Wednesday, February 18, 2009

Axel Schmidt
HIV Serosorting among German Men Who Have Sex With Men. Implications for Community Prevalence of Sexually Transmitted Infections and HIV Prevention

Axel Schmidt*^1,
U Marcus^2,
J Töppich^3, and
M Bochow^1
1Social Sci Res Ctr, Berlin, Germany;
2Robert Koch Inst, Berlin, Germany; and
3Federal Ctr for Hlth Ed, Cologne, Germany

Serosorting, i.e. seeking to only engage in sexual activities with partners of concordant HIV serostatus, has been described as a risk reduction strategy increasingly used by men who have with men (MSM).

If replacing condom use, the implications of this practice for the risk of HIV transmissions are controversial.

Few data exist on the effect of serosorting on the incidence of bacterial sexually transmitted infections (STI).

In Germany, large national cross-sectional surveys on "Gay Men and AIDS" have been conducted since 1987.

In 2007, a self-administered questionnaire was distributed via magazines and Internet sites for MSM.

Questions included risk reduction strategies, condom use, numbers of sexual partners, and communication about HIV test results.

We analyzed 8170 questionnaires.

Adjusted odds ratios were calculated to estimate the influence of serosorting on frequencies of bacterial STI and HIV.

A substantial minority of participants engaging in anal intercourse with casual partners reported their last intercourse was unprotected because of presumed seroconcordancy (self-reported HIV– 16%; HIV+ 20%).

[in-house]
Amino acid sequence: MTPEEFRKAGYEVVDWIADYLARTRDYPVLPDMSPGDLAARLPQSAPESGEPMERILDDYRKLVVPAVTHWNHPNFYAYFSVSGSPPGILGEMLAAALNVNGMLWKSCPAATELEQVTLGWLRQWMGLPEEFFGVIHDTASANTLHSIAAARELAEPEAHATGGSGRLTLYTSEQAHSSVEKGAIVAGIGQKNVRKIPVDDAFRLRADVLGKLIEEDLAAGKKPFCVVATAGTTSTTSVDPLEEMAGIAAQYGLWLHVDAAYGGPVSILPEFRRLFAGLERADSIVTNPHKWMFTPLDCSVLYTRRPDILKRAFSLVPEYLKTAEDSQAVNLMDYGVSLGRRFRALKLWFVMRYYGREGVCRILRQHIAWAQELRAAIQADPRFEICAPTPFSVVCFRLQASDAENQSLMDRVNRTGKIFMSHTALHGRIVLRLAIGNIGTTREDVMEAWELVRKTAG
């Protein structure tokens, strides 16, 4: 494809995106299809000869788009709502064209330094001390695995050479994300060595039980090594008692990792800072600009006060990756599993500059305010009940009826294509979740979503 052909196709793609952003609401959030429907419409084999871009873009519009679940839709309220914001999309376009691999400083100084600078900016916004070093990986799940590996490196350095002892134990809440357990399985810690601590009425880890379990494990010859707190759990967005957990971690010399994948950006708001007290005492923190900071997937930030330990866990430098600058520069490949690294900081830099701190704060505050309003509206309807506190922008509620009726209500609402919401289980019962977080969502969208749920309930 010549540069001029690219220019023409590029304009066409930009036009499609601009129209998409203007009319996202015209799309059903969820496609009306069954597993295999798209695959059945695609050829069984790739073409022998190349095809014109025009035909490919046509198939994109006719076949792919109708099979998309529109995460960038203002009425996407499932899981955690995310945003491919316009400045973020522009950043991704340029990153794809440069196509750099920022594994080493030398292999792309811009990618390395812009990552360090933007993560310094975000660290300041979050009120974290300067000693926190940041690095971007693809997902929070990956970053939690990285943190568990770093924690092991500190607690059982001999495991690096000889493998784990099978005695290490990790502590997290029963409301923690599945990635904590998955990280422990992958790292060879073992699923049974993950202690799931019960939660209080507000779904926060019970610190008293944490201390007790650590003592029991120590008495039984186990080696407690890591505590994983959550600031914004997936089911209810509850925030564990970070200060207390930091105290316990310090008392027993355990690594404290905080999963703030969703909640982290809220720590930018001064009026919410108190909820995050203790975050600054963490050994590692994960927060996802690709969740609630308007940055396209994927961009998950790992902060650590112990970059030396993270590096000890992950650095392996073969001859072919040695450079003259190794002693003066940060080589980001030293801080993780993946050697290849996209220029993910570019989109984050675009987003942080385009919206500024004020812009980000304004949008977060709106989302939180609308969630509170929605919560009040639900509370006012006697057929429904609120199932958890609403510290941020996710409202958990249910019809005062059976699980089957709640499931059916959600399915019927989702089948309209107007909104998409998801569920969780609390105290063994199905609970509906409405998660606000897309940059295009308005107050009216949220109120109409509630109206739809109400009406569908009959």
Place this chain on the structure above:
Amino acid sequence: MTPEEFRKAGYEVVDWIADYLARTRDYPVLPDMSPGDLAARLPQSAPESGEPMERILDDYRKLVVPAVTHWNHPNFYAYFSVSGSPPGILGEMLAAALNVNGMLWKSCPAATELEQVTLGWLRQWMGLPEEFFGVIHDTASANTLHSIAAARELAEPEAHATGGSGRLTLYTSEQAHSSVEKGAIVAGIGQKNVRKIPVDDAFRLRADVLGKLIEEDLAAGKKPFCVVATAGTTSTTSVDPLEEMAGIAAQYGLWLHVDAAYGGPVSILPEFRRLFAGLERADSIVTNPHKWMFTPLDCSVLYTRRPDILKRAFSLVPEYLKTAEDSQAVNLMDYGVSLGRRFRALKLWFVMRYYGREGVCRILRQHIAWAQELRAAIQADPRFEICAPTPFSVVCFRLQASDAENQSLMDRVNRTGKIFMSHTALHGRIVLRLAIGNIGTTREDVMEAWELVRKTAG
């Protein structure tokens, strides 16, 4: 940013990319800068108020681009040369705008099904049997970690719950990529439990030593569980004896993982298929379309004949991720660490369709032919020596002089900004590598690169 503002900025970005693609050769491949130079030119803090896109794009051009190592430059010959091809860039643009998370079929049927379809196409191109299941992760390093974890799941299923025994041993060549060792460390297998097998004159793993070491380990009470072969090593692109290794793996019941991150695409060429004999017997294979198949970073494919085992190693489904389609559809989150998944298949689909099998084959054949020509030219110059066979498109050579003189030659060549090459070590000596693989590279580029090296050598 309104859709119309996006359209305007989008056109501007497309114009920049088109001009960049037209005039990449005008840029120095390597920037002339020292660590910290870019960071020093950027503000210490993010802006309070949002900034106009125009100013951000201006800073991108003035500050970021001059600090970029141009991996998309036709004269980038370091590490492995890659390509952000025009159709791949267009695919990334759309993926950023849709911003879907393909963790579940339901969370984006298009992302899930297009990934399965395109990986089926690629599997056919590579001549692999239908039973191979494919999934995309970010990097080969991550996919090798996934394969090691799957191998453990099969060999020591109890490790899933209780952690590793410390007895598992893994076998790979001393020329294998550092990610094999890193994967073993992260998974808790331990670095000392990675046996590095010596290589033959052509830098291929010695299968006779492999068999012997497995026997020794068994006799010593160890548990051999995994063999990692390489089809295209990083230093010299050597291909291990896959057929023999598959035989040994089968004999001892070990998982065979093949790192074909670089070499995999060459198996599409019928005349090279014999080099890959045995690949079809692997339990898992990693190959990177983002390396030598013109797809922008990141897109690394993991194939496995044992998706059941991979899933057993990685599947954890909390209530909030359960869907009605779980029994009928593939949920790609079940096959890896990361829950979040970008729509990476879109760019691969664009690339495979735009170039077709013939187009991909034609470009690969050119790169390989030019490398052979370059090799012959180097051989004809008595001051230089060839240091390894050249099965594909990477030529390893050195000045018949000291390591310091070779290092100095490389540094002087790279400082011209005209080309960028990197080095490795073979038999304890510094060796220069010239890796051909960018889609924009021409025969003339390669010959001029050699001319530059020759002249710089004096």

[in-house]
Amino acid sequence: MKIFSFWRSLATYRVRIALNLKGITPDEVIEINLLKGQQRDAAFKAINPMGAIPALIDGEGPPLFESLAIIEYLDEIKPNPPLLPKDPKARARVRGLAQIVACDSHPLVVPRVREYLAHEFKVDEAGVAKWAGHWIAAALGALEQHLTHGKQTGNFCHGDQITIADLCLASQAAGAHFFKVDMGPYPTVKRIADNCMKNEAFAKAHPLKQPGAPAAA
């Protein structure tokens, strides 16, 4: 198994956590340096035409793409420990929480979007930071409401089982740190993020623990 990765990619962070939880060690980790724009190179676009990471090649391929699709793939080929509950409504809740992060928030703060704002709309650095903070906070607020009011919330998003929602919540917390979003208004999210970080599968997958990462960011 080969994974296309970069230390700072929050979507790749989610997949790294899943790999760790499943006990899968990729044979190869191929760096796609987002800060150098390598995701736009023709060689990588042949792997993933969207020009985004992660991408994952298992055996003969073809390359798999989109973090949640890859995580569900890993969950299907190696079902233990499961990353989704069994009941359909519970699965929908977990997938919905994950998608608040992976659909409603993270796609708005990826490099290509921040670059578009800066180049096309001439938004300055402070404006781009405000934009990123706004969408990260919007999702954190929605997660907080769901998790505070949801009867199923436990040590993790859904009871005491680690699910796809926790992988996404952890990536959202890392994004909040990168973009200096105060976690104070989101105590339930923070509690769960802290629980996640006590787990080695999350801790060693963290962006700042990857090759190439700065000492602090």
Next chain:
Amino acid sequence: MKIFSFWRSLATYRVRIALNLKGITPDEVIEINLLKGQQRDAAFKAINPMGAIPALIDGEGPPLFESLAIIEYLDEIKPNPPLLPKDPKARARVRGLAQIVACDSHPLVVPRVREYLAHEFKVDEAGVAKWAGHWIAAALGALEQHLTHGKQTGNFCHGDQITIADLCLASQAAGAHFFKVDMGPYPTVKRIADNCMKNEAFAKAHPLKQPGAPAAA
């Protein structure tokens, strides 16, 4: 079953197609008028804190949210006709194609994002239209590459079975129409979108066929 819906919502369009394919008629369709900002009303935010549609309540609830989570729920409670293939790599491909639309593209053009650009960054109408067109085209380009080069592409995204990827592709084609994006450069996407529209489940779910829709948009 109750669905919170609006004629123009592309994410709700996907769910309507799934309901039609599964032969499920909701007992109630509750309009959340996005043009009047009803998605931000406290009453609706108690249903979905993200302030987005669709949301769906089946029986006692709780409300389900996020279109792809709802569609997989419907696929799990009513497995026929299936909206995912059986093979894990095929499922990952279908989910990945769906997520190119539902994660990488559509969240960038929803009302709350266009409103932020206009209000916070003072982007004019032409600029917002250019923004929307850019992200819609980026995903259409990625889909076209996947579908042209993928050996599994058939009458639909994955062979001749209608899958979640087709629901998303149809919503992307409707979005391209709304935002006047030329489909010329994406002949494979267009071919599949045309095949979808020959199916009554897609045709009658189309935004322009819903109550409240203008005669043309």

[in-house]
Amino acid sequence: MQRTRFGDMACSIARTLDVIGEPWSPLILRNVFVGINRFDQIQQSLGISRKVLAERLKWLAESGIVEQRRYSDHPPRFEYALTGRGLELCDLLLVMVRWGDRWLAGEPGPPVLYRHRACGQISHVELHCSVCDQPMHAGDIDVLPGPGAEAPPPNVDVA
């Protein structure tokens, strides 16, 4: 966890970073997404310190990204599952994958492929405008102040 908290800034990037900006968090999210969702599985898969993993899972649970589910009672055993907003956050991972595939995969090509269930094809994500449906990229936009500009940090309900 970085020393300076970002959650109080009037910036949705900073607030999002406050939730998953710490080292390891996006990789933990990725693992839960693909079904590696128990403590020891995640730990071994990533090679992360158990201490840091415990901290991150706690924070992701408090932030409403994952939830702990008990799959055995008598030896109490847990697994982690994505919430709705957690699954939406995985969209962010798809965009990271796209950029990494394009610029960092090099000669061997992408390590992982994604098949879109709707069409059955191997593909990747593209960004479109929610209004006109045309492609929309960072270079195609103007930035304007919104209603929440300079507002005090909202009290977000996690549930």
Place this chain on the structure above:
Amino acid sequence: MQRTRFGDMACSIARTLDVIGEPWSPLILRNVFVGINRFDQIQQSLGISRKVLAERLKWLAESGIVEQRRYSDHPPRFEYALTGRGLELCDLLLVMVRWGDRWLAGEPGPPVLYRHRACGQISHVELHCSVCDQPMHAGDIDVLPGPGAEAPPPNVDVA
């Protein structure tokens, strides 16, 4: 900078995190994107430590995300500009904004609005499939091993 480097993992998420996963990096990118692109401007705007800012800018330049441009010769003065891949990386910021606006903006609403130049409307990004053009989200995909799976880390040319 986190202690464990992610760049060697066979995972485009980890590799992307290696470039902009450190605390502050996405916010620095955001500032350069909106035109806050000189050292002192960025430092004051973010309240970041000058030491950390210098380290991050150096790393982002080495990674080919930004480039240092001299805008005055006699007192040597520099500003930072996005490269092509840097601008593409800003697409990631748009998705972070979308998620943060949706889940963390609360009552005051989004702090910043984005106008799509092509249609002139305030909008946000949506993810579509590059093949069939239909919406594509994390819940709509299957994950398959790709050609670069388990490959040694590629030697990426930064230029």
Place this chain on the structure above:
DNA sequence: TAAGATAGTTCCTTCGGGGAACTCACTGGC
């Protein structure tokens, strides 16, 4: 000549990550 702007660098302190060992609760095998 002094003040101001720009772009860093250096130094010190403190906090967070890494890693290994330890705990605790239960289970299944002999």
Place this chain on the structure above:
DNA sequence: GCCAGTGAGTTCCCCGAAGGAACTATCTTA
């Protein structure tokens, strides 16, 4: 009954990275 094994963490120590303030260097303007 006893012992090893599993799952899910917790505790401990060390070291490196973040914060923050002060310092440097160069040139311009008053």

Pure guessing accounted for 55% of serostatus estimates among HIV+, and 36% among HIV– MSM.

However, among MSM not diagnosed HIV+, 62% had a test result older than 18 months or were untested.

Contrastingly, 3% of HIV–, but 21% of HIV+ MSM reported serosorting as a main risk-reduction "strategy."

Compared with traditional safer sex strategies and adjusted for the number of sexual partners, serosorting was strongly and significantly associated with a recent history of bacterial STI among HIV+ MSM (OR 4.3, 95%CI 2.2 to 8.3); and with a recent HIV+ result among all participants with a recent HIV test (OR 5.0, 95%CI 2.7 to 9.4).

Recent syphilis diagnoses were reported by 26% of MSM with a recent positive, and by 3% with a recent negative HIV test result, suggesting high rates of co-infection.

Serosorting is not uncommon among German MSM, but seems to qualify as "strategic" only among MSM who are HIV+.

However, serosorting is frequently based on assumptions instead of disclosure.

(Effective) serosorting among HIV+ MSM increases incidence and prevalence of bacterial STI, and hence the per contact risk for HIV transmission.

Serosorting among MSM who believe they are HIV– is highly ineffective and therefore may further increase the risk for HIV transmission.

Session 189 Poster Abstracts
Recent Discoveries in HIV Transmission
Session Day and Time: Monday, 1-2:30 pm
Poster Hall

16th Conference on Retroviruses and Opportunistic Infections
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Axel Schmidt

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